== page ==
In March 1896 a well-disciplined and massive Ethiopian army did the unthinkable—it routed an invading Italian force and brought Italy’s war of conquest in Africa to an end. In an age of relentless European expansion, Ethiopia had successfully defended its independence and cast doubt upon an unshakable certainty of the age—that sooner or later all Africans would fall under the rule of Europeans. This event opened a breach that would lead, in the aftermath of world war fifty years later, to the continent’s painful struggle for freedom from colonial rule.
Raymond Jonas offers the first comprehensive account of this singular episode in modern world history. The narrative is peopled by the ambitious and vain, the creative and the coarse, across Africa, Europe, and the Americas—personalities like Menelik, a biblically inspired provincial monarch who consolidated Ethiopia’s throne; Taytu, his quick-witted and aggressive wife; and the Swiss engineer Alfred Ilg, the emperor’s close advisor. The Ethiopians’ brilliant gamesmanship and savvy public relations campaign helped roll back the Europeanization of Africa.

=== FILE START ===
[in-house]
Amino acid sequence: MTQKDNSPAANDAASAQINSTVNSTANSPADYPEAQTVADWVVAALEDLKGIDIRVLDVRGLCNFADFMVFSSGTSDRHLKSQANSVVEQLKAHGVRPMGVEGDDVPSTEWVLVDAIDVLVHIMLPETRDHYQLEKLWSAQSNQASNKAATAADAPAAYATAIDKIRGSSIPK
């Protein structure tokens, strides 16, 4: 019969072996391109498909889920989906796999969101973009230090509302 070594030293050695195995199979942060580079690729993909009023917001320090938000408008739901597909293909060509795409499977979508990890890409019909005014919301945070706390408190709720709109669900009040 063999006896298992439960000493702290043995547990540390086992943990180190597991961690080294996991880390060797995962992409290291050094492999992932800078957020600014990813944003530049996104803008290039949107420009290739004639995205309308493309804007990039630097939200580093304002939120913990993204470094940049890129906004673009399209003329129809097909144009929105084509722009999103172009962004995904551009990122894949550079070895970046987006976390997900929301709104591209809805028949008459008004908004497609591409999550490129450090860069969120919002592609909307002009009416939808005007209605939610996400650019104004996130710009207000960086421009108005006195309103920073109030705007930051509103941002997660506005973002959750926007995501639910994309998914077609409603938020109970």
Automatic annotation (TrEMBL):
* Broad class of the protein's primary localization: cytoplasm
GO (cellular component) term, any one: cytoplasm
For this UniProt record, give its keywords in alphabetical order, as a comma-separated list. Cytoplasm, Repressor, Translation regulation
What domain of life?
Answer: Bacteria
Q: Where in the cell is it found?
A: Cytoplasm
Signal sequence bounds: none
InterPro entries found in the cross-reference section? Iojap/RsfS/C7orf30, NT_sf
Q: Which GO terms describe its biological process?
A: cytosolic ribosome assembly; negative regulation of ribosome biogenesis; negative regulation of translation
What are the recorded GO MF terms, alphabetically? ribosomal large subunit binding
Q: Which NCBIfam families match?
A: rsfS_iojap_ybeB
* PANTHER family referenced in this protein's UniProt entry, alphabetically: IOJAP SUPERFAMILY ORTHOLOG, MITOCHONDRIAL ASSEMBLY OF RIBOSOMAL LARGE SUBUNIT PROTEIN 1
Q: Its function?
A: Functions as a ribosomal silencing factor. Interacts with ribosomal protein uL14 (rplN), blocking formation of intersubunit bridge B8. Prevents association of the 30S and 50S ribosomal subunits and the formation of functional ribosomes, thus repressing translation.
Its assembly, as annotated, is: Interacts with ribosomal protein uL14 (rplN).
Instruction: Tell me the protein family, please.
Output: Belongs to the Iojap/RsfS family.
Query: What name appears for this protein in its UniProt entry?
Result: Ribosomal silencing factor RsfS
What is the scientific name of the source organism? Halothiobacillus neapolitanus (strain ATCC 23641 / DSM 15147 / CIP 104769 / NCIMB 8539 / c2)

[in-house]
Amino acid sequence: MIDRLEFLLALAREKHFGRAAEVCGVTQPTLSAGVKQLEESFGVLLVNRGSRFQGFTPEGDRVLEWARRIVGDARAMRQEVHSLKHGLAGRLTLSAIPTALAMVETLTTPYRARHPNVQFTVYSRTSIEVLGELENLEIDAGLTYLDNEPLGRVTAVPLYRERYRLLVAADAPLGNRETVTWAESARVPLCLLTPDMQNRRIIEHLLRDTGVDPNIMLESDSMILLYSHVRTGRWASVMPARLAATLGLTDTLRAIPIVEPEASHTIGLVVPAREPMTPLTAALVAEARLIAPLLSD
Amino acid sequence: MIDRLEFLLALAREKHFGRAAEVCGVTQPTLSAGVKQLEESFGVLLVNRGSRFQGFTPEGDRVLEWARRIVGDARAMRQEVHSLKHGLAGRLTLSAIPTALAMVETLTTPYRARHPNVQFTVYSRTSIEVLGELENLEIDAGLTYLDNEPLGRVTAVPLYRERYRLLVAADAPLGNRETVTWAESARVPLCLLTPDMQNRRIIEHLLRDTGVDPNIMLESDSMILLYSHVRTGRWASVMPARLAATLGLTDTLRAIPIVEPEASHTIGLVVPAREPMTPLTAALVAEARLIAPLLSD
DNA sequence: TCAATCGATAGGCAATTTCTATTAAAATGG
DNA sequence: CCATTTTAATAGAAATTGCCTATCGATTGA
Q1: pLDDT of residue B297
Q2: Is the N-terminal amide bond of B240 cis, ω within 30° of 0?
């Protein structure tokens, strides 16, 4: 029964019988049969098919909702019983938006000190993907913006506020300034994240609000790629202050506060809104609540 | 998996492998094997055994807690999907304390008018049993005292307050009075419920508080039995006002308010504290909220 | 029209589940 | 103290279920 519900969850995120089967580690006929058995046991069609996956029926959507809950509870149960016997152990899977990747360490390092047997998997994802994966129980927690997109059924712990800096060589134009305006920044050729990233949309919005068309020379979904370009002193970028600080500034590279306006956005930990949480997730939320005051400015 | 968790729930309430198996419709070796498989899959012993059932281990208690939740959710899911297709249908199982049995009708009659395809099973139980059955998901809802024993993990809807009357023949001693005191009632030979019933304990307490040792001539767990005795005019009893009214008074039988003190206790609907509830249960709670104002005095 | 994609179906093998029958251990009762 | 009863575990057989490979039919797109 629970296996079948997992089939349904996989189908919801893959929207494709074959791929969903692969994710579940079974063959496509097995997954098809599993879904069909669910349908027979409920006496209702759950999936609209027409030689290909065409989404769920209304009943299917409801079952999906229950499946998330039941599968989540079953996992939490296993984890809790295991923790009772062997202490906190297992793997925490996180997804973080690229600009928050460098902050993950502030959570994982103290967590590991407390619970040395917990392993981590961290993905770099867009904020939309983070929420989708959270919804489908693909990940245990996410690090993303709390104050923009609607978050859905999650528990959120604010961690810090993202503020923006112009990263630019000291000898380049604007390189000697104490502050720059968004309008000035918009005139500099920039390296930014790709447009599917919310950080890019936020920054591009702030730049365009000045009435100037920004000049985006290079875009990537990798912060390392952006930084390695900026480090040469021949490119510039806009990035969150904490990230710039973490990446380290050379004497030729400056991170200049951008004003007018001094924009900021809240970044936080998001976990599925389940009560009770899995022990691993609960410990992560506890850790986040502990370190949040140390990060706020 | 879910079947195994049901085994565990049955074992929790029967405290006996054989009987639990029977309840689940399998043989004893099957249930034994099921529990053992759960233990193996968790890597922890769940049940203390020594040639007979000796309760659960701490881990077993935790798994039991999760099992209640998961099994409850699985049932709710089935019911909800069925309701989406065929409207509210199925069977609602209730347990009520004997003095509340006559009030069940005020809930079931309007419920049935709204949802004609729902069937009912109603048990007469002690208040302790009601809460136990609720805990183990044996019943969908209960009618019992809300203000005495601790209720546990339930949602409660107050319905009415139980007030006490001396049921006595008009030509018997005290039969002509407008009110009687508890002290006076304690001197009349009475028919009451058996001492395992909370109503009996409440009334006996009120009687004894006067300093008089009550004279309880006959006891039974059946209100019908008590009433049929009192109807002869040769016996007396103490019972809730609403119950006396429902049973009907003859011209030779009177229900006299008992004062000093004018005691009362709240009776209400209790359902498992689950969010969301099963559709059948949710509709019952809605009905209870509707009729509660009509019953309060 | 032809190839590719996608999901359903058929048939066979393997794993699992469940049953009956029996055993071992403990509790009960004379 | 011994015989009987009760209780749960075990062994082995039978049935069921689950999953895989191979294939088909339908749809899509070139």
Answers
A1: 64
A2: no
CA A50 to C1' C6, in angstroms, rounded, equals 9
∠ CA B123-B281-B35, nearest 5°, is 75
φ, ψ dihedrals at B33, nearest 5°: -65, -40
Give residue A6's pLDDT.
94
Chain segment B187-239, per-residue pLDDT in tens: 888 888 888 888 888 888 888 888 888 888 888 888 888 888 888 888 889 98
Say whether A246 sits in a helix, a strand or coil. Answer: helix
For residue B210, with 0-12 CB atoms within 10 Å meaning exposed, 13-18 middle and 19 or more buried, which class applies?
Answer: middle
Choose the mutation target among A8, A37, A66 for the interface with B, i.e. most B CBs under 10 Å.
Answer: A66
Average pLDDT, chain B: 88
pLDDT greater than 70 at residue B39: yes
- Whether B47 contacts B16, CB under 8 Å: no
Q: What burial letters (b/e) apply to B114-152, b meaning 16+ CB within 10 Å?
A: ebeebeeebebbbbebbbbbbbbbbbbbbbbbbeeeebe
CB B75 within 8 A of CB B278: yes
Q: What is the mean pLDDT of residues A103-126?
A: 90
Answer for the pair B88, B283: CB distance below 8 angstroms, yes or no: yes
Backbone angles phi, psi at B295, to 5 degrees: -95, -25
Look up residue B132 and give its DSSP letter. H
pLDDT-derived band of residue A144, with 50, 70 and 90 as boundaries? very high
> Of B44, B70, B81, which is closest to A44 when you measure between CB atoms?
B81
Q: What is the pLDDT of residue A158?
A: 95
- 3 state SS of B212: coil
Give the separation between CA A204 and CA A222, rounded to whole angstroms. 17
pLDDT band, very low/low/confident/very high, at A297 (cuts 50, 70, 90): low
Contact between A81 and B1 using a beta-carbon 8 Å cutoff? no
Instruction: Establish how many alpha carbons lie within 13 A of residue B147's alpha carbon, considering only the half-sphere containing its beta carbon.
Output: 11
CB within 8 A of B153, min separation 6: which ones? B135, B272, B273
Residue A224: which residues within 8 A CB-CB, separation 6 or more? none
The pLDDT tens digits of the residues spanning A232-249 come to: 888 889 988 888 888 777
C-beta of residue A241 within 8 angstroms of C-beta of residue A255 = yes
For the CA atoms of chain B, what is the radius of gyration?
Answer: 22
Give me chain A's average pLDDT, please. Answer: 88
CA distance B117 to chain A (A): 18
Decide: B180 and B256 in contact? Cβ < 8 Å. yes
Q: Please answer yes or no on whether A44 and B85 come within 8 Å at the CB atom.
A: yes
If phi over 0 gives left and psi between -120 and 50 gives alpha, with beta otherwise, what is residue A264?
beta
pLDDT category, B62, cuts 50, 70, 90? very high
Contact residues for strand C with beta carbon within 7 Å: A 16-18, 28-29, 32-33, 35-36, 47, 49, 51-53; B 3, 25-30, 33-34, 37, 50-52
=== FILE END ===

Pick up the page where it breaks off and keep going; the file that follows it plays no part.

Figures throughout the African diaspora immediately grasped the significance of Adwa, Menelik, and an independent Ethiopia. Writing deftly from a transnational perspective, Jonas puts Adwa in the context of manifest destiny and Jim Crow, signaling a challenge to the very concept of white dominance. By reopening seemingly settled questions of race and empire, the Battle of Adwa was thus a harbinger of the global, unsettled century about to unfold.